Piers J. Sellers, a climate scientist who flew to the International Space Station three times in NASA’s shuttle program, became a leading figure in the agency’s scientific research initiatives and continued while terminally ill to devote himself to the challenges posed by global warming, died on Friday in Houston. He was 61.
NASA said the cause was pancreatic cancer.
Mr. Sellers, who was born and educated in England, had been deputy director of sciences and exploration at NASA’s Goddard Space Flight Center in Greenbelt, Md., since 2011.
He flew to the space station on the space shuttle Atlantis in 2002 and 2010 and on Discovery in 2006 to perform research and carry out repair work, and made a total of six spacewalks.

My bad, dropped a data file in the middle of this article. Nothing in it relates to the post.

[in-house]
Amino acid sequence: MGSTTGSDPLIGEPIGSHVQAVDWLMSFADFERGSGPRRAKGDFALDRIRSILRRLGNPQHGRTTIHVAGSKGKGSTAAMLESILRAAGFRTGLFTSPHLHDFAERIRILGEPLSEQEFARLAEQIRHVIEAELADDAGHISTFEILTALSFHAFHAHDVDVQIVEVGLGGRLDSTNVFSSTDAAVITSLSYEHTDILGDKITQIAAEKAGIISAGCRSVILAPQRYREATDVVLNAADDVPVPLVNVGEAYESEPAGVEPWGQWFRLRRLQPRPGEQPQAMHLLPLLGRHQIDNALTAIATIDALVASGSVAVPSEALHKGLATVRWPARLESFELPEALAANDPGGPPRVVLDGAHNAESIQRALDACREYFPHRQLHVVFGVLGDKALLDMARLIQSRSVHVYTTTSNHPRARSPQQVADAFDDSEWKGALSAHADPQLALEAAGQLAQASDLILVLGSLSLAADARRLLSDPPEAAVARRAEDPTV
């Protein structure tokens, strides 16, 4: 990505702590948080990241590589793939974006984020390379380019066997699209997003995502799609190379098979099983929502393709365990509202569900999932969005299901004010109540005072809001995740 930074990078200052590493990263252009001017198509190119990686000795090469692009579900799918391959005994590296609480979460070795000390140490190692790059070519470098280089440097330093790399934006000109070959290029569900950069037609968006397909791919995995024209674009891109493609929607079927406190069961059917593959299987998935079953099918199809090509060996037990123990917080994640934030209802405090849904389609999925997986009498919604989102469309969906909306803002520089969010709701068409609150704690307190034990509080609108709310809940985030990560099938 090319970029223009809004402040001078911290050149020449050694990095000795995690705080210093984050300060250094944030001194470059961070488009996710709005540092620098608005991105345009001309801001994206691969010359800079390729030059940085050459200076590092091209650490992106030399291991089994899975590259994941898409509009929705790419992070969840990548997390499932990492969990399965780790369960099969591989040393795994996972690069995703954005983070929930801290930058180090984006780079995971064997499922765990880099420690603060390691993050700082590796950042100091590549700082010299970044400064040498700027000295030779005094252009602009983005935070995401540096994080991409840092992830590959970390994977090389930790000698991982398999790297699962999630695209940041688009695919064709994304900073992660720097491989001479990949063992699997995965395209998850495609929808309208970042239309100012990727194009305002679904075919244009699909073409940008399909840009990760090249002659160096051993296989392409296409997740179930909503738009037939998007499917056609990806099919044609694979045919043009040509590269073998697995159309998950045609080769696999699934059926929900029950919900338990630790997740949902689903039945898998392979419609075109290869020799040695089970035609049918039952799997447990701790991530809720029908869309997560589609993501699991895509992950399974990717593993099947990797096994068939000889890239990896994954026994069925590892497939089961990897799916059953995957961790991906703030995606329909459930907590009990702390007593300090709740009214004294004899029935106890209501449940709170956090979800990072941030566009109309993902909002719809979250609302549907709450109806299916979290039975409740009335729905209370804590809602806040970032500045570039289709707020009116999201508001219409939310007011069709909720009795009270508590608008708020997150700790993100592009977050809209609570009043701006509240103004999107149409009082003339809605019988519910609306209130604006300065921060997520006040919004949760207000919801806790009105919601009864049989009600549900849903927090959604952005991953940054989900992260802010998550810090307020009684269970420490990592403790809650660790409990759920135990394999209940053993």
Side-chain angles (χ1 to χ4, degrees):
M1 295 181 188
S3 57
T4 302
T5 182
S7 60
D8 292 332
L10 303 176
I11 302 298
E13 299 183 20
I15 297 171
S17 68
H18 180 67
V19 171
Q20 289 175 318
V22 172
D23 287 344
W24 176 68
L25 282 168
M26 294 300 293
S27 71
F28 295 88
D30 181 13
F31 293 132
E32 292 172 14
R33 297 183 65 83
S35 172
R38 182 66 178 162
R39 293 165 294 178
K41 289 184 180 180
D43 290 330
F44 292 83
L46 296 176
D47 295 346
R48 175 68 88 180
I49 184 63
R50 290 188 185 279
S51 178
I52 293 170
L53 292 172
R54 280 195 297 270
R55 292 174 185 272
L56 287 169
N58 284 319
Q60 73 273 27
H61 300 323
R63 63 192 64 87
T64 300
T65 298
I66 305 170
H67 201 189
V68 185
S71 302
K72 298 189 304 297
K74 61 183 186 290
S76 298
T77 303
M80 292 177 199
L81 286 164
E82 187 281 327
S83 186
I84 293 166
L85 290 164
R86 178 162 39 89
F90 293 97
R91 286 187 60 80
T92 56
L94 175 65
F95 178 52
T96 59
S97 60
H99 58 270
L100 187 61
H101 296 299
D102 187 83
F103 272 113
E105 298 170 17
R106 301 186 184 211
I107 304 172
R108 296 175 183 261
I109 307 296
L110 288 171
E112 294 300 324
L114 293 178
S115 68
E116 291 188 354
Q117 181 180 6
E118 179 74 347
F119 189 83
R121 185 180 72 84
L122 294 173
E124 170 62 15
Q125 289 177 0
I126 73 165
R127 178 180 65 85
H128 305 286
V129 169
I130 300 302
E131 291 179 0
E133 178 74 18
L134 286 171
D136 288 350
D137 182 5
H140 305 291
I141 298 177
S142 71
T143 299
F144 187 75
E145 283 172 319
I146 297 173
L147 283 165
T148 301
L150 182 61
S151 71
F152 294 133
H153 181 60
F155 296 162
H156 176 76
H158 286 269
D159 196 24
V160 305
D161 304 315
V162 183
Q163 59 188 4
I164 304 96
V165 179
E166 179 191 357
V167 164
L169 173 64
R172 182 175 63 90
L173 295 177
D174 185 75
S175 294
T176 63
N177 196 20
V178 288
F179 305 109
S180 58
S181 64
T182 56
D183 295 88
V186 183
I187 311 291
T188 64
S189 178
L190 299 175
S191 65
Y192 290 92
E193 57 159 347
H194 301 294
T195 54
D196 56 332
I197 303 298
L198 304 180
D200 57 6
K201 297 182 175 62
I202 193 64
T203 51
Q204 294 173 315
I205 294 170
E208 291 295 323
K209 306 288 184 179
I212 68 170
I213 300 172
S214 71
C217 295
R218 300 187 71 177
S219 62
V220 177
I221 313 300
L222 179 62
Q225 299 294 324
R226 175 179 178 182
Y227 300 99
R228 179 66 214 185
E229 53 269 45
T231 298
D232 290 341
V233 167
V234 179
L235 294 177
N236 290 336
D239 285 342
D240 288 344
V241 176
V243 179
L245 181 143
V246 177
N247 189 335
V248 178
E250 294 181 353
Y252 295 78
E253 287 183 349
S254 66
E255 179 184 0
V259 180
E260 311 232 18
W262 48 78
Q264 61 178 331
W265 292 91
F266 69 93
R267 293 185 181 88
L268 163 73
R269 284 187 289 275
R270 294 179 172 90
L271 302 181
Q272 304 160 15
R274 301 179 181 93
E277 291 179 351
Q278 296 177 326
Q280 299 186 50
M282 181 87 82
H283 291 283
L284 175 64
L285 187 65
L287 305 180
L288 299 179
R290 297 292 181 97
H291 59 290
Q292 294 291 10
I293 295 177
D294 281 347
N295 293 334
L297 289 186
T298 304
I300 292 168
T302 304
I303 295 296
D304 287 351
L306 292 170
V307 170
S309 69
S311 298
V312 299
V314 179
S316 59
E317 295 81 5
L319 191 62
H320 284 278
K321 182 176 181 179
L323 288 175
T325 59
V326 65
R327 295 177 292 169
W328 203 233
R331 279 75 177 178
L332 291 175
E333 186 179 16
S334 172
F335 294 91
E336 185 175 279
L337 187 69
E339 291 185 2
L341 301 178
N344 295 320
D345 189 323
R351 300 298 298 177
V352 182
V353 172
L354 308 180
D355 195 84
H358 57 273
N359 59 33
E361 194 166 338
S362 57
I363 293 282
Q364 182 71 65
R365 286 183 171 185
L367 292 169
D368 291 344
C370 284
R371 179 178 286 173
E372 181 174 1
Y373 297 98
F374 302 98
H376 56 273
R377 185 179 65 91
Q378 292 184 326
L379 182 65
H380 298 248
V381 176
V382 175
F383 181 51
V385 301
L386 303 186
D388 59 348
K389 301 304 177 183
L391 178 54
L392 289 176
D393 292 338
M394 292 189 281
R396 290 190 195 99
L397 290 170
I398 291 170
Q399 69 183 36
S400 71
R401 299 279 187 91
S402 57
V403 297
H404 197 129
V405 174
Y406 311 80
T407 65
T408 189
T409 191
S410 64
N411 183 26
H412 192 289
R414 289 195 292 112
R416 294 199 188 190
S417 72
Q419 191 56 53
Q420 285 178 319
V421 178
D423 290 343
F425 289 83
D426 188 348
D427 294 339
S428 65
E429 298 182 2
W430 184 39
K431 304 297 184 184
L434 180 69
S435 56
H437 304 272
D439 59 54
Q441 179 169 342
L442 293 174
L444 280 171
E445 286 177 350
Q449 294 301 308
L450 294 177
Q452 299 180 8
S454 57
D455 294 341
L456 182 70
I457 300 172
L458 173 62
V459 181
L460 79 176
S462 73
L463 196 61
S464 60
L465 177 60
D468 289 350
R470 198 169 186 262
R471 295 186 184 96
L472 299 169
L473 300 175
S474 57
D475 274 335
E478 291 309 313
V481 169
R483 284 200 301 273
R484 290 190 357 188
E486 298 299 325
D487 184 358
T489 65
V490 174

“I’ve spent much of my professional life thinking about the science of climate change,” Mr. Sellers wrote in The New York Times in January, shortly after learning he had cancer. “Now that my personal horizon has been steeply foreshortened, I was forced to decide how to spend my remaining time.”
He continued, “I concluded that all I really wanted to do was spend more time with the people I know and love and get back to my office as quickly as possible.”
Charles Bolden, the NASA administrator, said in a statement on Friday that Mr. Sellers’s cancer diagnosis “became a catalyst for him to work even harder on efforts to save the planet from global warming for the benefit of future generations.”
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SOURCE: NY Times, Richard Goldstein